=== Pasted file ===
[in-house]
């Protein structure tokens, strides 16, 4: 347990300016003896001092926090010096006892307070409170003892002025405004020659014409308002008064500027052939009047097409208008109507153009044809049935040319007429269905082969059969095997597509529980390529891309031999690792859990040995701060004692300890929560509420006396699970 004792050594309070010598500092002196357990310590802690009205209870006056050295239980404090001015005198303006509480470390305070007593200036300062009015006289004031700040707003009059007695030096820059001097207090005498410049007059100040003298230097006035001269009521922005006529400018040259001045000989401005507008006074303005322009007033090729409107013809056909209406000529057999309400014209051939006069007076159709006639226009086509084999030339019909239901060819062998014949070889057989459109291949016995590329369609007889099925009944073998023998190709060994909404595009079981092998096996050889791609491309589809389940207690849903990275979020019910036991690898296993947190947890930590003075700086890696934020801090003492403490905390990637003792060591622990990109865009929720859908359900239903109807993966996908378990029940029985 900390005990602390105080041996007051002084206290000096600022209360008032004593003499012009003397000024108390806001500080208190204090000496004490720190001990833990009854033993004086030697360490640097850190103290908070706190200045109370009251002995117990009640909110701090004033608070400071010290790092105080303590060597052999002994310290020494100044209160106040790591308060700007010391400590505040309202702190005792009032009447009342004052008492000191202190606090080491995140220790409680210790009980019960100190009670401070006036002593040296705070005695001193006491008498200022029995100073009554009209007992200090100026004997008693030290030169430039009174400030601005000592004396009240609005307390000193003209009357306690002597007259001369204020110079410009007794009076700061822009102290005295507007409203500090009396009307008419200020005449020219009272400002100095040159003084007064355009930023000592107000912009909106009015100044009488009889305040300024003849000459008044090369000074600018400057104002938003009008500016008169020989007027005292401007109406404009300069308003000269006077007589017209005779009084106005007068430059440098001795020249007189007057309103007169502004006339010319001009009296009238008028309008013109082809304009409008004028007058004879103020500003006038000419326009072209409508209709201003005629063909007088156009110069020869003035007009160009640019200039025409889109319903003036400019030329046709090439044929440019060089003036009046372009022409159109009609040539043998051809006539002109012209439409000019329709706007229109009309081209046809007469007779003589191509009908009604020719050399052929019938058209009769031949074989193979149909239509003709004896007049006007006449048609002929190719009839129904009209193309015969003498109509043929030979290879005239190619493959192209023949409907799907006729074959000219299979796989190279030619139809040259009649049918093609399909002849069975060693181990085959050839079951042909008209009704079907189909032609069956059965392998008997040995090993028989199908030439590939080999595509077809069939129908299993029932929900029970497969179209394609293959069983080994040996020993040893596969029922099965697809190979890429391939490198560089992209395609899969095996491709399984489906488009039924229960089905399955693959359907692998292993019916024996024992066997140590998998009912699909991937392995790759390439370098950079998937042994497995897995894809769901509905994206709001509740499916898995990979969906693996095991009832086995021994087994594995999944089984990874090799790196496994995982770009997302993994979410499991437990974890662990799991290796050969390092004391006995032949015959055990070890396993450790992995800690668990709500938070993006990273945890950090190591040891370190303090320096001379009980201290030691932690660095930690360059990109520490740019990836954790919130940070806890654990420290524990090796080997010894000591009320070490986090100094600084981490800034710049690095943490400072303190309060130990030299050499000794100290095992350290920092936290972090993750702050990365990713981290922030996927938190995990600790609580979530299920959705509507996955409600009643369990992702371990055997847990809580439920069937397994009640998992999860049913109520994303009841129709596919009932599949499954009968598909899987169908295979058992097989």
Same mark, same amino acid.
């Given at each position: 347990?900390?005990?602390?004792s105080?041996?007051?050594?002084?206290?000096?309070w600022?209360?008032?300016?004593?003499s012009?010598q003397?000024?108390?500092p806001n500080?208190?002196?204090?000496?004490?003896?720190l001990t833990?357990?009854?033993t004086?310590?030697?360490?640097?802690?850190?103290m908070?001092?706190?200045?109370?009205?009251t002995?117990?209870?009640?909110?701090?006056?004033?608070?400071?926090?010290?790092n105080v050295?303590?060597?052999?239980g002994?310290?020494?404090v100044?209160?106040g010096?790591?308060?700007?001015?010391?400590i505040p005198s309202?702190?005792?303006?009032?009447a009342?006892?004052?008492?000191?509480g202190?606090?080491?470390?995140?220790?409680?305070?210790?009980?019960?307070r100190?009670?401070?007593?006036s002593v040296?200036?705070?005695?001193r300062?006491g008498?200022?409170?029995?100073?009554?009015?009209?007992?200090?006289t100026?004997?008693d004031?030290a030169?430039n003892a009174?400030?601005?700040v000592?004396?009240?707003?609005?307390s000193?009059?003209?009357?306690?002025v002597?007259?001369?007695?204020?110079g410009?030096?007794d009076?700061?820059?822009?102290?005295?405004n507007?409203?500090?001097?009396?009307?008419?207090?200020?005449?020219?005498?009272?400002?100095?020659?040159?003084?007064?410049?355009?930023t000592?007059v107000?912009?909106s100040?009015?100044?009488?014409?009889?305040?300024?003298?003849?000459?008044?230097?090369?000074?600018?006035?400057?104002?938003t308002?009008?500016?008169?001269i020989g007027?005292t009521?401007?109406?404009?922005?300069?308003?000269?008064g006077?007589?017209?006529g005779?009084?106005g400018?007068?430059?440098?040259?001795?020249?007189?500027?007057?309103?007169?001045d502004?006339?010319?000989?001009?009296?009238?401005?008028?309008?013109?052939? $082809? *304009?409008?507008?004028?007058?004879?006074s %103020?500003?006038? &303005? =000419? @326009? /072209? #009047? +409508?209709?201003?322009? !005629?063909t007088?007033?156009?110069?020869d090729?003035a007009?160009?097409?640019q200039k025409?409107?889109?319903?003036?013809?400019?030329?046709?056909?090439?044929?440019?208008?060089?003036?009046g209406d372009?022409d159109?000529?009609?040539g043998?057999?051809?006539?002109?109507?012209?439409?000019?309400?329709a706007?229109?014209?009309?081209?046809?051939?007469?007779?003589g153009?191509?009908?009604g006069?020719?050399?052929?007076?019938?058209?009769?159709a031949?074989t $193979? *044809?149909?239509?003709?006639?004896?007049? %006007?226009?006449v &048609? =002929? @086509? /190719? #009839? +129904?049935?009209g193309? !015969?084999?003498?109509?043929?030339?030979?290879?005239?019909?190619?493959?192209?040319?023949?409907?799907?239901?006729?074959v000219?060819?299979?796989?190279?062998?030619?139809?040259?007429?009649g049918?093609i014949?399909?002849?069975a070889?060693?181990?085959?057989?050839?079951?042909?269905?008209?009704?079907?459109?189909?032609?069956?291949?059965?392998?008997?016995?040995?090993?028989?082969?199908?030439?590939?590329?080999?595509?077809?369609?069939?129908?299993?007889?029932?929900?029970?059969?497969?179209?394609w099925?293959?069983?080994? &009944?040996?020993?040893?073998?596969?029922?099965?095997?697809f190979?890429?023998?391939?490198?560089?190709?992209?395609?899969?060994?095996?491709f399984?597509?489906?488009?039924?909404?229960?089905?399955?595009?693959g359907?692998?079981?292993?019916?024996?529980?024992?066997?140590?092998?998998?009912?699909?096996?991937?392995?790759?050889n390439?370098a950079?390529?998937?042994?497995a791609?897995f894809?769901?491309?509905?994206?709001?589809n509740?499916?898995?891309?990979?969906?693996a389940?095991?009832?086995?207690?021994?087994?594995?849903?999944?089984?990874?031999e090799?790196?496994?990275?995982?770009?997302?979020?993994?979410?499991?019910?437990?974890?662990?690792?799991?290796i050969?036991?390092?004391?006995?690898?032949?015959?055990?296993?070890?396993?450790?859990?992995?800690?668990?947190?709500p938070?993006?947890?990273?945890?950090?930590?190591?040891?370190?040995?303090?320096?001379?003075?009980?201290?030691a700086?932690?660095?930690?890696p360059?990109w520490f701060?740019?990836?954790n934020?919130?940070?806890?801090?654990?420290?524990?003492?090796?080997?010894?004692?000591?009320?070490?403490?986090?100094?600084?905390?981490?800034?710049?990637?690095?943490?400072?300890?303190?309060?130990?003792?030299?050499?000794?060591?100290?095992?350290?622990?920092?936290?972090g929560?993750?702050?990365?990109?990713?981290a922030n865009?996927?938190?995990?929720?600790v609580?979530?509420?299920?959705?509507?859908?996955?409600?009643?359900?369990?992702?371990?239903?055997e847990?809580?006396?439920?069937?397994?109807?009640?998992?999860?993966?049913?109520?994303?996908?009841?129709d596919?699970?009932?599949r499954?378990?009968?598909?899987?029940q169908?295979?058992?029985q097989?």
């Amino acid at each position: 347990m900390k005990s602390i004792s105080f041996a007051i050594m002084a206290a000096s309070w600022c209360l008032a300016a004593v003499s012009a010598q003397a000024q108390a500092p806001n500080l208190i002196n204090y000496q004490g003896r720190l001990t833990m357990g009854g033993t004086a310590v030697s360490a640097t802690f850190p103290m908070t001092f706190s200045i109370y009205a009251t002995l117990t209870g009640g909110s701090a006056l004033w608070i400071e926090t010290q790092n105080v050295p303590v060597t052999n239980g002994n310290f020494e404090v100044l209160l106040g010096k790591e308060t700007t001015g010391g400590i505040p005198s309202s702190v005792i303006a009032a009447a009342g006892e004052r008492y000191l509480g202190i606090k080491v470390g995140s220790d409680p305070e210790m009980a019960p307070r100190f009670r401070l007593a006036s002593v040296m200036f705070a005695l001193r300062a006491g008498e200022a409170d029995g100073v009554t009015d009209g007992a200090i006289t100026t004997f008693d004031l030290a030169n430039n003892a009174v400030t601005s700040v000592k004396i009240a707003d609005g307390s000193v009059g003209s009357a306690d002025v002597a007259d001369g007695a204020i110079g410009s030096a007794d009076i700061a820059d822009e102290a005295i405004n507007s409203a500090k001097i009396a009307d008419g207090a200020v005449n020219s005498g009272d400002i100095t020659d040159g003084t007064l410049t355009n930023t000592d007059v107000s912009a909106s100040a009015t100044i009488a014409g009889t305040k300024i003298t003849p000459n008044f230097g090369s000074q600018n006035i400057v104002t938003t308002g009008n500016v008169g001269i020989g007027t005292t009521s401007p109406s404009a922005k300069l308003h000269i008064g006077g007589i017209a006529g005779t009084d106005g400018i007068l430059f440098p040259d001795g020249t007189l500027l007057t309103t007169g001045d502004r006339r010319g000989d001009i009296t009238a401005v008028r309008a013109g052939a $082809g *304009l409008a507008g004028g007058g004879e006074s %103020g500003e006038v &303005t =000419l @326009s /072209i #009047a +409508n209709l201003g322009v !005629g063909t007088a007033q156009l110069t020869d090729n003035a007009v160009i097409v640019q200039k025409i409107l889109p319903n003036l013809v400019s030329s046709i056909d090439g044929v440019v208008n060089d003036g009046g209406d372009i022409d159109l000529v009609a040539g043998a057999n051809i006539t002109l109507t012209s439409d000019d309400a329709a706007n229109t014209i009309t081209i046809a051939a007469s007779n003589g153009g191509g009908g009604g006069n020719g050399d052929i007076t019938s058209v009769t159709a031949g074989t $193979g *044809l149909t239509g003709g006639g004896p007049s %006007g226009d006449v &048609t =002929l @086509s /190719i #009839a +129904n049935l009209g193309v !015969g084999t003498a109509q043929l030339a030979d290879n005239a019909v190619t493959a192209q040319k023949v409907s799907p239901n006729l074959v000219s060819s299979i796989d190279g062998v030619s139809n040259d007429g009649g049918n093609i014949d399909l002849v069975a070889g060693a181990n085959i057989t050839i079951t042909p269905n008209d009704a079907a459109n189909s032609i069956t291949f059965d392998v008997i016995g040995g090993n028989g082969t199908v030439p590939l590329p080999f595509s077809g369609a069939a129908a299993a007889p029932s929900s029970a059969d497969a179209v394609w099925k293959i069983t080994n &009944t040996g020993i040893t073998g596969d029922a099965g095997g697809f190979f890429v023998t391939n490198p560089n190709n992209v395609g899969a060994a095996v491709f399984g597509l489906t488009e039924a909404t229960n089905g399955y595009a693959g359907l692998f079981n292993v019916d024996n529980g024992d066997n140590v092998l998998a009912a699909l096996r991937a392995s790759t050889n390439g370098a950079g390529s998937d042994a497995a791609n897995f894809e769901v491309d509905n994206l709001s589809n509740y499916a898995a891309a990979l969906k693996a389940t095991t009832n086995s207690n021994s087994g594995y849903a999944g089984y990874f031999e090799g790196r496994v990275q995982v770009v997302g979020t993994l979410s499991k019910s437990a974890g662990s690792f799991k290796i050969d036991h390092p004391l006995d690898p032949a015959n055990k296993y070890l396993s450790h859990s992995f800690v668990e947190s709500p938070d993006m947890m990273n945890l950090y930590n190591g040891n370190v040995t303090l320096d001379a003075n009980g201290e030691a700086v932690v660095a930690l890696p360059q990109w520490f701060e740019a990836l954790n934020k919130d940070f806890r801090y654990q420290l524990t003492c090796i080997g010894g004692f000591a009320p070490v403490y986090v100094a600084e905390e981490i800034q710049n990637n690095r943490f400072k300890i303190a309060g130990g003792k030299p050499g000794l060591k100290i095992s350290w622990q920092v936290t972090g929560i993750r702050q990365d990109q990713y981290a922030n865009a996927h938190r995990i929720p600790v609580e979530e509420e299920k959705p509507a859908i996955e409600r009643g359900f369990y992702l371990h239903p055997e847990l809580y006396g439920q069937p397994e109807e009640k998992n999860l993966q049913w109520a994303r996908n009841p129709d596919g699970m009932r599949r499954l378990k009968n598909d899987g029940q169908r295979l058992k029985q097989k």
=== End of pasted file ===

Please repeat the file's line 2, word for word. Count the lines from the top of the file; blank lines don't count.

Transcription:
């Protein structure tokens, strides 16, 4: 347990300016003896001092926090010096006892307070409170003892002025405004020659014409308002008064500027052939009047097409208008109507153009044809049935040319007429269905082969059969095997597509529980390529891309031999690792859990040995701060004692300890929560509420006396699970 004792050594309070010598500092002196357990310590802690009205209870006056050295239980404090001015005198303006509480470390305070007593200036300062009015006289004031700040707003009059007695030096820059001097207090005498410049007059100040003298230097006035001269009521922005006529400018040259001045000989401005507008006074303005322009007033090729409107013809056909209406000529057999309400014209051939006069007076159709006639226009086509084999030339019909239901060819062998014949070889057989459109291949016995590329369609007889099925009944073998023998190709060994909404595009079981092998096996050889791609491309589809389940207690849903990275979020019910036991690898296993947190947890930590003075700086890696934020801090003492403490905390990637003792060591622990990109865009929720859908359900239903109807993966996908378990029940029985 900390005990602390105080041996007051002084206290000096600022209360008032004593003499012009003397000024108390806001500080208190204090000496004490720190001990833990009854033993004086030697360490640097850190103290908070706190200045109370009251002995117990009640909110701090004033608070400071010290790092105080303590060597052999002994310290020494100044209160106040790591308060700007010391400590505040309202702190005792009032009447009342004052008492000191202190606090080491995140220790409680210790009980019960100190009670401070006036002593040296705070005695001193006491008498200022029995100073009554009209007992200090100026004997008693030290030169430039009174400030601005000592004396009240609005307390000193003209009357306690002597007259001369204020110079410009007794009076700061822009102290005295507007409203500090009396009307008419200020005449020219009272400002100095040159003084007064355009930023000592107000912009909106009015100044009488009889305040300024003849000459008044090369000074600018400057104002938003009008500016008169020989007027005292401007109406404009300069308003000269006077007589017209005779009084106005007068430059440098001795020249007189007057309103007169502004006339010319001009009296009238008028309008013109082809304009409008004028007058004879103020500003006038000419326009072209409508209709201003005629063909007088156009110069020869003035007009160009640019200039025409889109319903003036400019030329046709090439044929440019060089003036009046372009022409159109009609040539043998051809006539002109012209439409000019329709706007229109009309081209046809007469007779003589191509009908009604020719050399052929019938058209009769031949074989193979149909239509003709004896007049006007006449048609002929190719009839129904009209193309015969003498109509043929030979290879005239190619493959192209023949409907799907006729074959000219299979796989190279030619139809040259009649049918093609399909002849069975060693181990085959050839079951042909008209009704079907189909032609069956059965392998008997040995090993028989199908030439590939080999595509077809069939129908299993029932929900029970497969179209394609293959069983080994040996020993040893596969029922099965697809190979890429391939490198560089992209395609899969095996491709399984489906488009039924229960089905399955693959359907692998292993019916024996024992066997140590998998009912699909991937392995790759390439370098950079998937042994497995897995894809769901509905994206709001509740499916898995990979969906693996095991009832086995021994087994594995999944089984990874090799790196496994995982770009997302993994979410499991437990974890662990799991290796050969390092004391006995032949015959055990070890396993450790992995800690668990709500938070993006990273945890950090190591040891370190303090320096001379009980201290030691932690660095930690360059990109520490740019990836954790919130940070806890654990420290524990090796080997010894000591009320070490986090100094600084981490800034710049690095943490400072303190309060130990030299050499000794100290095992350290920092936290972090993750702050990365990713981290922030996927938190995990600790609580979530299920959705509507996955409600009643369990992702371990055997847990809580439920069937397994009640998992999860049913109520994303009841129709596919009932599949499954009968598909899987169908295979058992097989």